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Blackspot Pygmy Angelfish (Centropyge nigriocella)

Blackspot Pygmy Angelfish (Centropyge nigriocella)

Blackspot Pygmy Angelfish (Centropyge nigriocella)

Blackspot Pygmy Angelfish (Centropyge nigriocella)

The Blackspot Pygmy Angelfish (Centropyge nigriocella) known to tropical fish keeping enthusiasts as the Blackspot Angelfish, Black Spot Angelfish, and Ocellated Angelfish ranges from the Admiralty Islands, Caroline Island, Central Pacific, Wallis Island in French Polynesia, Guam, Johnston Atoll, Fanning Island in Kiribati, Loyalty Islands, New Caledonia, Northern Mariana Islands, Papua New Guinea, Samoa, the Society Islands, and various United States Minor Outlying Islands.

They have also been reported in scattered localities from Holmes Reef in the Coral Sea and the West Central Pacific at depths from 15 to over 50 feet.

Blackspot Pygmy Angelfish are an extremely rare species that frequently inhabit the clear lagoons and outer reefs of their range, usually around areas with a lot of rubble and dead corals where they graze on algae.

Blackspot Pygmy Angelfish (Centropyge nigriocella)

Blackspot Pygmy Angelfish (Centropyge nigriocella)

The Blackspot Pygmy Angelfish is a shy, reclusive, secretive, seldom seen species that has a pale yellow to almost white body color, with a large black spot that covers the base of the pectoral fin and a black, false black eye spot (ocellus) circled in white, on the rear part of the dorsal fin.

Blackspot Pygmy Angelfish are believed to be abundant in their range but because of their cryptic nature, seeing one is a matter of pure luck and capturing one would be like winning the lottery.

In the aquarium trade Centropyge nigriocella are even more rare and expensive than the deepwater Peppermint Angelfish (Paracentropyge boylei).   To date only three specimens have been known to be collected alive, with the latest specimen from Vanuatu being the second one collected from that area.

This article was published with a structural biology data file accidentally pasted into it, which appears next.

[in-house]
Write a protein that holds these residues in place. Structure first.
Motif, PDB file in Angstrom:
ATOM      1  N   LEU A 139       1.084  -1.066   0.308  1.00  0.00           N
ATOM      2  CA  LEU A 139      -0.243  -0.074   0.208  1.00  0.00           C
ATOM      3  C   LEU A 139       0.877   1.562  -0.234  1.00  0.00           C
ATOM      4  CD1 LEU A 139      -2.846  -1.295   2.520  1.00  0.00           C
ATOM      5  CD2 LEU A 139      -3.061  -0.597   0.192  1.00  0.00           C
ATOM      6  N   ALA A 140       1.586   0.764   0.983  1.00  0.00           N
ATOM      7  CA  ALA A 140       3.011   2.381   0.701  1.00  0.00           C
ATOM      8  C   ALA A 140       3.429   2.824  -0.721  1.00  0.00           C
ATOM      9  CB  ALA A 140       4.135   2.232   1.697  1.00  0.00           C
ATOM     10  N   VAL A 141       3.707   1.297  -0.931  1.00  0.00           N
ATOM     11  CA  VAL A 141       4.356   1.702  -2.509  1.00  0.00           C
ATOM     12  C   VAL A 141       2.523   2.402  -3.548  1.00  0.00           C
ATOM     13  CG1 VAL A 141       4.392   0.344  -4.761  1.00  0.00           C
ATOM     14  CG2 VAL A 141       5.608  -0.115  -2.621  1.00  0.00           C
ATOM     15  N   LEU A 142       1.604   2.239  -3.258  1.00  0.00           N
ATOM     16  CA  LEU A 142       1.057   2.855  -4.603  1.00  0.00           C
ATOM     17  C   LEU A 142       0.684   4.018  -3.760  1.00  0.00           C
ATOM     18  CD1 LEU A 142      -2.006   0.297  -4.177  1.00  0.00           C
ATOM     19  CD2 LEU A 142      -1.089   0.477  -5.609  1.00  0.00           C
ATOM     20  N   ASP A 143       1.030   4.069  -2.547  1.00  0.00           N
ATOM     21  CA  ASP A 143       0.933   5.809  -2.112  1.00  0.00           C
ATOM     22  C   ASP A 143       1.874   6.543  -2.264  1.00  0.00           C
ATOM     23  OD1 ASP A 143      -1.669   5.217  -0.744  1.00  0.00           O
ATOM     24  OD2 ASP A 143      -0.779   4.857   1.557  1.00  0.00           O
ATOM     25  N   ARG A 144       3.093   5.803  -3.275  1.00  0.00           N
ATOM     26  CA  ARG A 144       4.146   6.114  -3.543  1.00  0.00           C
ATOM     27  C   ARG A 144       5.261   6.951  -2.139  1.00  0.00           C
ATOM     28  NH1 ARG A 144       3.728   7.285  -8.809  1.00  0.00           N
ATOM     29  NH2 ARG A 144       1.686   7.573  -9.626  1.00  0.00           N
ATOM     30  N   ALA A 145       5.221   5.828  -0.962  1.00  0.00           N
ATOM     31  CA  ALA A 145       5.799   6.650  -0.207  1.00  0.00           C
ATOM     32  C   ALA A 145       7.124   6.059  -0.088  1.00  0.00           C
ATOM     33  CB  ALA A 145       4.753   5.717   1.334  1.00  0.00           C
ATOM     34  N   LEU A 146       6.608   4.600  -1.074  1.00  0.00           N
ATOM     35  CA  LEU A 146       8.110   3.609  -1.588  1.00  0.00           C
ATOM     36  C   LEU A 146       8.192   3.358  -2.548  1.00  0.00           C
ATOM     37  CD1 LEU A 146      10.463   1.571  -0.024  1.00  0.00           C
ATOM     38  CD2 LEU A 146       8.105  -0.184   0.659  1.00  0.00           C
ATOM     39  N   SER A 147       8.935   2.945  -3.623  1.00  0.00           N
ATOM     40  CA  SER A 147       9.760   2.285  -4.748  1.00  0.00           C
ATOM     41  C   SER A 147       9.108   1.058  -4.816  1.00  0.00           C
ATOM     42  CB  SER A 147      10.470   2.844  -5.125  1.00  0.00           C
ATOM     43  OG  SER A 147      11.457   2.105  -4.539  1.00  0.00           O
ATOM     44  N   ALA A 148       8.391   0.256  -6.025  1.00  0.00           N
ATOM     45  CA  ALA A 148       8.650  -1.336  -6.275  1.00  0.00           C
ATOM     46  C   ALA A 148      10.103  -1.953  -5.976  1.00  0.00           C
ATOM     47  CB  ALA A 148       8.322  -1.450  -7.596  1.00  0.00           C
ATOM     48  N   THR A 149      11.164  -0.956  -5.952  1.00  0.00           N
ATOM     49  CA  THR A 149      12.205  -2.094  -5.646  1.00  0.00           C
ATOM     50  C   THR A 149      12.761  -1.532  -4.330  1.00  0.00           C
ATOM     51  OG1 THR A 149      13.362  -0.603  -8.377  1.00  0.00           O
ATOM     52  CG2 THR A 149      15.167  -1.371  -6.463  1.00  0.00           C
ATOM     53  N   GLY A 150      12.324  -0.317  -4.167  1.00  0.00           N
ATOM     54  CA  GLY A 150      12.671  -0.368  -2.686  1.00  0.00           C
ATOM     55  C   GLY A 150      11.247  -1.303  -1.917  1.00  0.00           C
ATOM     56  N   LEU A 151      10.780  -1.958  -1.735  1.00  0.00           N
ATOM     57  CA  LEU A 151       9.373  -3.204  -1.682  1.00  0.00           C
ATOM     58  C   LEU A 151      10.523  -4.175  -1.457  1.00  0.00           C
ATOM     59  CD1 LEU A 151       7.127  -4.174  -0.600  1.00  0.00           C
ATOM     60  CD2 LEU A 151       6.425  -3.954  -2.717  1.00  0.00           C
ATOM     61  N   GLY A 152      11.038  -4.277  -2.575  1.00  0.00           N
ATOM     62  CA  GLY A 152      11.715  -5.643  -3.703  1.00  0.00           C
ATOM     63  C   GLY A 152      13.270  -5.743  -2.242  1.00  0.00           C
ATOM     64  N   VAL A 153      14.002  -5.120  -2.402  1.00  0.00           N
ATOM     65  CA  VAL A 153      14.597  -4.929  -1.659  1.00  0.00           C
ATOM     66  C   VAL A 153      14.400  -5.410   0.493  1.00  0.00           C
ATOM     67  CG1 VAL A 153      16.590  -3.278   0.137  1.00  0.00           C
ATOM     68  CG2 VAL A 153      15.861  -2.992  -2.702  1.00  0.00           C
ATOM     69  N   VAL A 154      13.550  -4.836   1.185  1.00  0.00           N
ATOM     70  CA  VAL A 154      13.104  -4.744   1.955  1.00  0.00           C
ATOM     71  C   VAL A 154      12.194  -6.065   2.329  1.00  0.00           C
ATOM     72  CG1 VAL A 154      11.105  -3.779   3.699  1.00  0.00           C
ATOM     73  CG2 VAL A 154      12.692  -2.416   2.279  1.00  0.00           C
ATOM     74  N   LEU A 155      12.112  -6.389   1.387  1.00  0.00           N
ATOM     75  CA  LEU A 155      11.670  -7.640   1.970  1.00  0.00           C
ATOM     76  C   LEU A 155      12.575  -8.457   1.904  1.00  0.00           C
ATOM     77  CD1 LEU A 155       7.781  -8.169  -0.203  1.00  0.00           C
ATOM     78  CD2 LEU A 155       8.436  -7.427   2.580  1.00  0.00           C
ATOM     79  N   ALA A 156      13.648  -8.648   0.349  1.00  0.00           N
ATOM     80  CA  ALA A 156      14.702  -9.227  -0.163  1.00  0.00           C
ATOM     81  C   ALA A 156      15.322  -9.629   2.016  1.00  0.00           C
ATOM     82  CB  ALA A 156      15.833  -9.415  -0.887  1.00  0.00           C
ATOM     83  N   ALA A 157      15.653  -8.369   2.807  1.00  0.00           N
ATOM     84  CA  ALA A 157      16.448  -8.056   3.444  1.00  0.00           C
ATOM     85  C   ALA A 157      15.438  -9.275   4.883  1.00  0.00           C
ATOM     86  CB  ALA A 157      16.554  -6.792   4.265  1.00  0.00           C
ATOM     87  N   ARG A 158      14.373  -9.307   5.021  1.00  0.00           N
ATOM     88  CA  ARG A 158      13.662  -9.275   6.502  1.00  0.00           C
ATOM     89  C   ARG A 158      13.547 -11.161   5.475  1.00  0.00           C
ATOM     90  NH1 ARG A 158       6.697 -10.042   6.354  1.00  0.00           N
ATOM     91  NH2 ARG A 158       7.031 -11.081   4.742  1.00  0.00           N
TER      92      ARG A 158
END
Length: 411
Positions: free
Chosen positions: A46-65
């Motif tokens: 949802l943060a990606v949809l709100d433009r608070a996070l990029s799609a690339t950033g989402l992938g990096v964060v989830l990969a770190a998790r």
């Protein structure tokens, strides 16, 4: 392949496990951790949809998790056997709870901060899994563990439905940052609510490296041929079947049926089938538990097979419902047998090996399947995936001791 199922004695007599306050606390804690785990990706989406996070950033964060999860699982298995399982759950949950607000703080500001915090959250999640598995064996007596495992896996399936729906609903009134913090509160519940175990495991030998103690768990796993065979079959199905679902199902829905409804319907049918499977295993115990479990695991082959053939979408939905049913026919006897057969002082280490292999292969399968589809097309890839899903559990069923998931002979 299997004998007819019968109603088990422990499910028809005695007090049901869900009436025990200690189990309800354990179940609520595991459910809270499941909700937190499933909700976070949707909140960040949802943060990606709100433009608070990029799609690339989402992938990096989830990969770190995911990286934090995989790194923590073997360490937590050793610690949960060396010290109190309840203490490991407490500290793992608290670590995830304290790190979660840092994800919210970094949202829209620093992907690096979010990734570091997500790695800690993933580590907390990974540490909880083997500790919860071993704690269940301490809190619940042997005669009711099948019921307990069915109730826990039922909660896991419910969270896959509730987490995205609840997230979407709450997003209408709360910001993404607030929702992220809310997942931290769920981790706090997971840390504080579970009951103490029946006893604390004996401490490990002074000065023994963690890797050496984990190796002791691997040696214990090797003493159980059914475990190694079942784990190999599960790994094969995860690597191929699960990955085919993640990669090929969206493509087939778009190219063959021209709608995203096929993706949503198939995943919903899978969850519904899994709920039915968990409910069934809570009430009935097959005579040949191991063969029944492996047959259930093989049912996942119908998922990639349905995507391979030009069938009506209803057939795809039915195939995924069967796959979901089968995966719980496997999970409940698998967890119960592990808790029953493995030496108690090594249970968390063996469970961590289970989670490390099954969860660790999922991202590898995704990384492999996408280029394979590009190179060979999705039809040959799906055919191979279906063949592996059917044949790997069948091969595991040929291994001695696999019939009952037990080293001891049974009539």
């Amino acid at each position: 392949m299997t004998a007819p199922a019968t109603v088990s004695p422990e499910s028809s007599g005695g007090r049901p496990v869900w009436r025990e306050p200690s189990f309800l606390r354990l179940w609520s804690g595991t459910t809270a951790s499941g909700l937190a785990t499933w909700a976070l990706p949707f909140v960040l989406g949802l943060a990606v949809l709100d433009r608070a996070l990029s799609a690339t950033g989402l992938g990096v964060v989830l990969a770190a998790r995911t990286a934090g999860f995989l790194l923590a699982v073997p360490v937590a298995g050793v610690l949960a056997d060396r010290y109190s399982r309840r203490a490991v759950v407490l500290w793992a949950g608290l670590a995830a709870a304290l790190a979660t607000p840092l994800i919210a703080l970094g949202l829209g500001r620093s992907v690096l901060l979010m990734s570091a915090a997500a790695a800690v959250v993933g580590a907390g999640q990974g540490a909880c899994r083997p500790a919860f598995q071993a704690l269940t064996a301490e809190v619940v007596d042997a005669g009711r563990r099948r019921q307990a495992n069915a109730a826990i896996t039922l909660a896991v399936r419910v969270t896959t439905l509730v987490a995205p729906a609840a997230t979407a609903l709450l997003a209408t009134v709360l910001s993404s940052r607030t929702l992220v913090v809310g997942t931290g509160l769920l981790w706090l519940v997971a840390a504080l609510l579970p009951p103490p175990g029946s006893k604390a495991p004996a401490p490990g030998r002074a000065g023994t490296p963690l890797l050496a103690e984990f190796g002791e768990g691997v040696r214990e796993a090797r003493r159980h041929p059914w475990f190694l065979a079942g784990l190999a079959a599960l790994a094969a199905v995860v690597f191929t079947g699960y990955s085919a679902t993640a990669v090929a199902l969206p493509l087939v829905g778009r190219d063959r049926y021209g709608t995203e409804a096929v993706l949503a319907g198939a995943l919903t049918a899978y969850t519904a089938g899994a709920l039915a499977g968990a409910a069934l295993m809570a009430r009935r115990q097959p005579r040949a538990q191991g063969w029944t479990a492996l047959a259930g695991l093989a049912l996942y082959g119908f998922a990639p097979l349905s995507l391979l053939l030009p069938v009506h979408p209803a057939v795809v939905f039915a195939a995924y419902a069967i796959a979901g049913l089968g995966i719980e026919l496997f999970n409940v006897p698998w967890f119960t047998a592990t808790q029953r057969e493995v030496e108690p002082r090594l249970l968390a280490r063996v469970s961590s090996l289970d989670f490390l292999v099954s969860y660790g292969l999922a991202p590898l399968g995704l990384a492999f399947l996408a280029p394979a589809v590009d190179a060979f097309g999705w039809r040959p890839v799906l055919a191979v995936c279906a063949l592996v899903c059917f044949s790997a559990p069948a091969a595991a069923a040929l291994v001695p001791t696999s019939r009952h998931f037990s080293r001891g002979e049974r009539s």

Blackspot Pygmy Angelfish should be housed in a mature reef aquarium of at least 90 gallon capacity with plenty of live rock and dead corals arranged into caves, overhangs, and crannies for them to graze and hide among.   Being a shallow water species, they can be housed with anthias, gobies, chromis, and other smaller non aggressive species.    Because they live in a reef environment, pristine water quality is mandatory along with regular water changes.

Although nothing is known about the breeding habits of Centropyge nigriocella, they are believed to be egg scatterers and assumed to follow the same breeding habits.

Blackspot Pygmy Angelfish are omnivores that feed mainly on algae.   In an aquarium environment they should be provided with a large quantity of mature live rock as well as feedings of Algae, Brine Shrimp, Frozen Foods, Mysis shrimp, and Angelfish formulas.    Because they are grazers, they should be fed small portions at least 3 to 4 times daily.

Blackspot Pygmy Angelfish (Centropyge nigriocella) are extremely rare in the aquarium trade and exceedingly expensive when offered for sale.   The last 1.7 inch specimen captured from Vanuatu was sold in Japan for a little over $16,000.00.

The reason some fish species fetch exorbitant prices is because of their isolation in distribution, the depths at which they live, or both.   The reason Blackspot Pygmy Angelfish are so expensive is because they are so cryptic and rarely seen in their natural habitat.   Capturing an elusive species this small is simply a matter of luck.

Blackspot Pygmy Angelfish (Centropyge nigriocella)

Blackspot Pygmy Angelfish (Centropyge nigriocella)







Minimum Tank Size: 90 gallons
Aquarium Type: Reef with rubble rock
Care Level: Moderate
Temperament: Peaceful
Aquarium Hardiness: Hardy when acclimated
Water Conditions: 77 °F – 82.4 °F, 8 to 12 dKH , pH 8.1 – 8.4, sg 1.020-1.025
Max. Size: 2.36″
Color Form: Yellow, Black
Diet: Omnivore
Compatibility: Single species; peaceful tankmates
Origin: Central Pacific
Family: Pomacanthidae
Lifespan: Unknown
Aquarist Experience Level: Advanced


Posted in Angelfish, Dwarf Angelfish, Featured Articles, Saltwater, Tropical Fish Keeping, Tropical Fish SpeciesComments (0)

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